The smallest of the North American swallows, the silhouette of a bank swallow shares the large head, small bill, pointed wings, and forked tail with others in its family (though the wing point and tail fork are less pronounced than in other species). Their underside is white, with a brown back and band across the chest. The underwings are darker than the rest of the body. They are incredible aerial predators, flying as high as 50 feet above the ground to catch flying insects, only rarely catching grounded insects or those resting on the surface of the water. They are usually found in relatively open areas, especially near bodies of water, and avoid thick forests or undergrowth. Males construct nests by digging tunnels into loose soil embankments near large bodies of water. Like many aerial insectivores (birds that catch and eat flying insects), their population has decreased drastically over the past few decades. Keep your eyes and ears out for this quick-moving bird the next time you visit your Metroparks!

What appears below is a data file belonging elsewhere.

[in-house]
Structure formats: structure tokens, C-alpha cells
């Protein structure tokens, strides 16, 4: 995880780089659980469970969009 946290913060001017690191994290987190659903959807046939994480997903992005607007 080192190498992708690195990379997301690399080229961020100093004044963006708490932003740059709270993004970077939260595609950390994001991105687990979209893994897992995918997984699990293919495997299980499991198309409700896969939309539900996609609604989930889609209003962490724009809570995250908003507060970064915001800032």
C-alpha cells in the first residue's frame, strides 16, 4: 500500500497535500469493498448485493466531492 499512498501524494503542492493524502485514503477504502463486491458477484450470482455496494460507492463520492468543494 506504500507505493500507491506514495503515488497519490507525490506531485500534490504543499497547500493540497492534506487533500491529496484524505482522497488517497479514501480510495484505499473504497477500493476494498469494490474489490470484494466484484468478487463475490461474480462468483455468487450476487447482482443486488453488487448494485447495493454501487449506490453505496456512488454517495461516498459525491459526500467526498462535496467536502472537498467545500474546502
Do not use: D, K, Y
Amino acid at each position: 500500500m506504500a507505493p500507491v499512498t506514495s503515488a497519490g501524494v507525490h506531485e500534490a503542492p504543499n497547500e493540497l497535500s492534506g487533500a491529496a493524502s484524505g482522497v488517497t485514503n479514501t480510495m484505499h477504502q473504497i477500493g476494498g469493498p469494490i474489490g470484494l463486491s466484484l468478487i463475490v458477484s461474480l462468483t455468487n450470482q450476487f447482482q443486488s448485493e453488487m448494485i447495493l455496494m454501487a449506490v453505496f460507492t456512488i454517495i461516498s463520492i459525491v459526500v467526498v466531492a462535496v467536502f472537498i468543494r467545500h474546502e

Listen to the Bank Swallow’s call here: https://www.allaboutbirds.org/guide/Bank_Swallow/sounds